Halftime Leisure

Critical Voices: Damien RIce, My Favourite Faded Fantasy

November 6, 2014


My Favuorite Faded Fantasy, Damien Rice’s third album, is a refreshing, introspective twist on Rice’s usual, breathy laments on love and heartbreak. His first album since his move to Iceland, My Favourite Faded Fantasy shows remarkable introspection and personal growth, although Rice doesn’t entirely break away from his trademark pitfall of overwrought romanticism.

Some of the tracks on the album, like “The Box” and “It Takes A Lot To Know A Man,” echo Rice’s bitter passion on previous works. This time around, he handles his rage with a more clever hand; instead of the explosive, frenetic fury of “Volcano”, he seethes and storms quietly, which proves to be much more effective.“It Takes A Lot To Know A Man” is tense and well paced; although the gradual build of the violins and drums stretch out for over nine minutes, each moment is more layered and rich than the last. The most powerful moment is the break in the middle, where the silence speaks as loudly as the instruments that follow it.

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The greatest evidence of Rice’s growth is his shift towards loose and unstructured songwriting. When he abandons the typical ballad format, Rice shows remarkable creativity and produces atmospheric, deconstructed soundscapes that say more than the words he sings. Rice’s lyricism, on the other hand, is more closely related to his folksy singer-songwriter roots. The painfully earnest poetry of ‘O’ and ‘9’ is still present, although slightly less nauseating. But it’s evident that Rice’s real growth is in his musical craftsmanship, not the words he sings. There are no shocking insights on human nature or love here; Rice instead seems more self-aware and straightforward, and as a result the listener isn’t forced to muddle through as many obtuse metaphors.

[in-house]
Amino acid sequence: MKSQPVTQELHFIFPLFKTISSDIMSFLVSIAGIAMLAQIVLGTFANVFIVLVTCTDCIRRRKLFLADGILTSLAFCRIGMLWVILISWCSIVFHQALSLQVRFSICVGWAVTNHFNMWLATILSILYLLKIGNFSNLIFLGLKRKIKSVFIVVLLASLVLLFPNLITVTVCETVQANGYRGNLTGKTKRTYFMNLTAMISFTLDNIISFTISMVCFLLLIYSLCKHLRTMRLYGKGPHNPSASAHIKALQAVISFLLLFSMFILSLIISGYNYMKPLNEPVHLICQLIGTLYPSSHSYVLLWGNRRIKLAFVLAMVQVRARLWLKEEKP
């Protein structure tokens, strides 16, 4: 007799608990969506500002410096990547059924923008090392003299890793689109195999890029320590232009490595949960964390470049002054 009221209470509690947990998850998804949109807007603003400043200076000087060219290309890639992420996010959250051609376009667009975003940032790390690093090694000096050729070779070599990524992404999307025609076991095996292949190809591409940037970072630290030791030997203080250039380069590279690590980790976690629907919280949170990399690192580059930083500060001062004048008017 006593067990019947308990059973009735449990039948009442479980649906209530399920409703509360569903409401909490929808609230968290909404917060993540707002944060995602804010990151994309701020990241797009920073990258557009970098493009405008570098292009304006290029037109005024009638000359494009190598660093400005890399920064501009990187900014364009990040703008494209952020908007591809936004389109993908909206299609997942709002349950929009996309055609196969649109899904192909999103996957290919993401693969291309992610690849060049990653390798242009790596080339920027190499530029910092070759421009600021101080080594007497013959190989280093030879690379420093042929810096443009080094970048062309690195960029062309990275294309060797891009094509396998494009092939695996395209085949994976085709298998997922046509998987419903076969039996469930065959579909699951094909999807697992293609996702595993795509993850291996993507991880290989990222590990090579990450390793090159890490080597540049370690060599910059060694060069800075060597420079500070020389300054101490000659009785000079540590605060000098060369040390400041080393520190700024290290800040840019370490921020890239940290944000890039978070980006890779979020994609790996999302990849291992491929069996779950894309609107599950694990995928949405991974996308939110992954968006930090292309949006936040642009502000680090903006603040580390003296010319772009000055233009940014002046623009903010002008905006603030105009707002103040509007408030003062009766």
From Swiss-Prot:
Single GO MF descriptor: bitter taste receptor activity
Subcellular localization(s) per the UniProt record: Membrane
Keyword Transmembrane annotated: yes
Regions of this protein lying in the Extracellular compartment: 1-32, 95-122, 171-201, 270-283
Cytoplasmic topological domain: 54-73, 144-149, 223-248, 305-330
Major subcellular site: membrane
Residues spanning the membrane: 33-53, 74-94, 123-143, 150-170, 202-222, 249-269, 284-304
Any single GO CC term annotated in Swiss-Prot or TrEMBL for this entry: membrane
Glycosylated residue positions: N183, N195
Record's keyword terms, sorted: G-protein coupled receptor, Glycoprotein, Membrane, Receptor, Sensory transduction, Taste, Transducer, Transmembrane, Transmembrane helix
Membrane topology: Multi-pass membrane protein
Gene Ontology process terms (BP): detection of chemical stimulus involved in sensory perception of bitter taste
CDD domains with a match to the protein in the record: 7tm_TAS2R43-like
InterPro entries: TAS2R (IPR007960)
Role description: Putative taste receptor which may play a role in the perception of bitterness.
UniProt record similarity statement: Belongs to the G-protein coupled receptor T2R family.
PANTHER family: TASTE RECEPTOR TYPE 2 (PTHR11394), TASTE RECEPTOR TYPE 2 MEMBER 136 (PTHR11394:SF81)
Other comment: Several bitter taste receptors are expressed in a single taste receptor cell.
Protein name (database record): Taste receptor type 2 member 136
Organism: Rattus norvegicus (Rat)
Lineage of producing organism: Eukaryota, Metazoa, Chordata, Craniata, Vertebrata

“Color Me In” combines Rice’s usual sweetness and gentle, wavering voice with a more mature musical approach, making for one of the most universally appealing songs on the album.  Another strong ballad is “I Don’t Want To Change You,” which keeps the emotional rawness Rice is known for while keeping his honesty from seeming trite.

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My Favourite Faded Fantasy isn’t a radical departure from anything, but it is a more mature, thoroughly-developed version of what Rice is known for. His flaws and strengths are all still present, but with a sense of introspection that makes for a stronger, more balanced album.

Voice’s Choices: “It Takes A Lot To Know A Man,” “Color Me In”

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